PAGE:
He wasn’t last but Allan Watt was still quite chuffed with 46th o/a in his Peugeot 106: “That’s 3 finishes so far, and we’re still using second hand tyres, but we got them cut today, and what a difference!”
First time out in his newly acquired Talbot Sunbeam and first time on tarmac, Rhuaridh Campbell finished 44th: “It was originally a 1300 engine,” said Rhuaridh, “but it was rebuilt into a 1600 by Finnish expert Petteri Sappinen and then rebuilt by AP Racing Engines before I got it.” He might well have finished higher up the order but for a Maximum on SS10.
On the basis that he’s old enough to know better, Alan Ross‘ return to the sport was curtailed when the Saxo ended up in the fence.
Last man home was Scott MacDonald who reported that a deer came out of the undergrowth at one point and ran alongside the Nova. He says he didn’t hit it but didn’t say whether it overtook him or just ran away. However, the real reason for looking at their results position from the wrong end: “Drew and I had an argument in the car as we approached the Split on the second last stage – and we went the wrong way.”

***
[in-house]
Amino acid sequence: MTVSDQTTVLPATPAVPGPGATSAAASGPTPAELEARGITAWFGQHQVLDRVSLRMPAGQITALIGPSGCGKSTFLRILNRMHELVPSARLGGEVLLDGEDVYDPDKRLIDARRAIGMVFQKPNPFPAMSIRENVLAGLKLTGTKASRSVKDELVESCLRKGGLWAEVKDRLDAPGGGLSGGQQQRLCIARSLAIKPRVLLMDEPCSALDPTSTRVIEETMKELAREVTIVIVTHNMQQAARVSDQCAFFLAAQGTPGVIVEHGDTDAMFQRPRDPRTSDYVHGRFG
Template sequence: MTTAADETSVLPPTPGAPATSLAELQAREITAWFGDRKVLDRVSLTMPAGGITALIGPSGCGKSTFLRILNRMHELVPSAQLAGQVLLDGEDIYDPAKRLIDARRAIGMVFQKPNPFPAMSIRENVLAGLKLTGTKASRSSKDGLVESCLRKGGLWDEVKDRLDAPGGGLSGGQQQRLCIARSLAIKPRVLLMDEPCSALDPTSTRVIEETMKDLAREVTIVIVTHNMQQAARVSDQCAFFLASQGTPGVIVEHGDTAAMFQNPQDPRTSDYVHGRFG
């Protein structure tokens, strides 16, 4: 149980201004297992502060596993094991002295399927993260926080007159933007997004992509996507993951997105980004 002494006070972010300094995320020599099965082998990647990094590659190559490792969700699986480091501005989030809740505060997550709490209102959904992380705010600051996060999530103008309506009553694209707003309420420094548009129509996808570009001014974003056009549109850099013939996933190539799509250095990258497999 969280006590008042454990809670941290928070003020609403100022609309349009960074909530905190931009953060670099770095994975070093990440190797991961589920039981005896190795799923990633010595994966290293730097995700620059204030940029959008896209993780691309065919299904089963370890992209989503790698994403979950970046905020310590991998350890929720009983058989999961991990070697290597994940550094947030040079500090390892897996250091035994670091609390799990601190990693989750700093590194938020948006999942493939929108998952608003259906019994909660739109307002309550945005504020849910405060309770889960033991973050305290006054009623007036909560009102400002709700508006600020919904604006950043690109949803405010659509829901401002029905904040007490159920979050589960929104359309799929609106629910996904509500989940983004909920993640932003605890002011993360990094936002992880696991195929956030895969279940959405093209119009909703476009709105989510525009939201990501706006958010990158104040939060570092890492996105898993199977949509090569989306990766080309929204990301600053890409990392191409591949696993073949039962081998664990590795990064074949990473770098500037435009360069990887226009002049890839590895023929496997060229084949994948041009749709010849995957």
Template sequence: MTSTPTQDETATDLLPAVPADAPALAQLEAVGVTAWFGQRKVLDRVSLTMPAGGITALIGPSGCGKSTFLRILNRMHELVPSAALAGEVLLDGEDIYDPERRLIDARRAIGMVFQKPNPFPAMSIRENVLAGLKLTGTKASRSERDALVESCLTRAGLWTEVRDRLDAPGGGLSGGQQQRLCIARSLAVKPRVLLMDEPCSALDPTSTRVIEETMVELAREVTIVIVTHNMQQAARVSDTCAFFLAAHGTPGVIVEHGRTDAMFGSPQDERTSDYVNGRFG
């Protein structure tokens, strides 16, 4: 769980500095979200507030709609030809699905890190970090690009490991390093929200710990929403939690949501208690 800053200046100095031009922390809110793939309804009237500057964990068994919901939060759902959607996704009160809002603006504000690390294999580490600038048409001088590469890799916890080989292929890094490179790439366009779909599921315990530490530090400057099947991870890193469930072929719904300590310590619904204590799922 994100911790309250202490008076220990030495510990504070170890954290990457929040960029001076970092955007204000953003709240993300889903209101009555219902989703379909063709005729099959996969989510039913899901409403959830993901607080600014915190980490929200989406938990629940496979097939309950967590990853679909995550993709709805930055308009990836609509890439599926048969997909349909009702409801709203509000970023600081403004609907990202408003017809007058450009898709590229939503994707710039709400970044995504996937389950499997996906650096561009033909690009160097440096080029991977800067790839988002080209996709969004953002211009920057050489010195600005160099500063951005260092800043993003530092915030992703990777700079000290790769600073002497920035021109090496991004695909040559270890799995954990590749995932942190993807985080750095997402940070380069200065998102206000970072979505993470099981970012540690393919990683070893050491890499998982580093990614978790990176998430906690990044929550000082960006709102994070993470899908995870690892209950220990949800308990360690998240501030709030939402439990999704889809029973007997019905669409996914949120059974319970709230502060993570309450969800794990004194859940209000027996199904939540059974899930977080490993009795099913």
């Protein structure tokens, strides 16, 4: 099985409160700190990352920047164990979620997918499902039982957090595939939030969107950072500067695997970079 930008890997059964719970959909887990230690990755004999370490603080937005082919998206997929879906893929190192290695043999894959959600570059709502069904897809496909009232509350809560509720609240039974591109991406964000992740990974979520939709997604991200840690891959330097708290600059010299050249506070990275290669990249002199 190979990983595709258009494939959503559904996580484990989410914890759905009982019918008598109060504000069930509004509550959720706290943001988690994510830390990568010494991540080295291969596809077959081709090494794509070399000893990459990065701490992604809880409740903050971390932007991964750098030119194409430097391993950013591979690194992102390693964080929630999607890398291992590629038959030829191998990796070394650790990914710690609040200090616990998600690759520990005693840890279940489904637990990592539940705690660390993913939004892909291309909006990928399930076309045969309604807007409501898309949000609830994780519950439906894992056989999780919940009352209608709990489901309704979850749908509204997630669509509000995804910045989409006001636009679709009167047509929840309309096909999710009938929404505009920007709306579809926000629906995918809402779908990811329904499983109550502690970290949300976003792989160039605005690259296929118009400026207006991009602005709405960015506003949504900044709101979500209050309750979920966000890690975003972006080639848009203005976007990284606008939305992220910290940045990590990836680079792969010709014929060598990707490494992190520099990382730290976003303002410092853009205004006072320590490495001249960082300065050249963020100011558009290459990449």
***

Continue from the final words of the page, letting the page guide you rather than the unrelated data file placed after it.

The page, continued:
From Bavaria … with love …
You might wonder why a motoring journalist would subscribe to the weekly Autocar mag, but I do. I like to see whether they agree with my opinions, or I agree with their more detailed appraisals. The answer is, not always. I also like to read the Letters page. Gawd there are some right pretentious numpties out there, aren’t there? I can imagine those who have to respond to these letters biting their tongues to refrain from saying what they’d really like to say and upsetting their readership. Mind you there are some interesting Letters from sensible people with sound views and opinions, so it’s worth sticking with it. Then I got to the final letter of last week’s issue. Oh, here we go again. Some over-opinionated twat writing about the merits of manual, automatic and sequential gearboxes. But as I read through the letter, I thought, ‘Nope’ this guy has a point and I ended up agreeing with him. Then I read the name of the author, Calum MacLeod from Bavaria. Yup, that’s our Calum, the one with the ex-works MG ZR S2000 whom we last saw on the 2016 Speyside Stages and who now lives and works in Germany. And you know what’s worse? I have written 3 letters in the past to Autocar and they haven’t printed a single one!
And finally …
There was a TV star taking part in the rally, albeit an unwitting star of the small screen. Like many folk I was sitting watching the tennis on Thursday afternoon before the rally when the cameras cut to the crowd and there mid-screen, large as life, was one John Marshall Esq. He was just finishing off his holidays: “I got some tickets (no doubt they were free, Ed.) so I went. It was really good,” he said, “the atmosphere was terrific.” Sadly he missed out on another star, Cliff Richard – there was no rain while John was there so Cliff wasn’t needed.
Main Rally Report – [Mach1 Stages]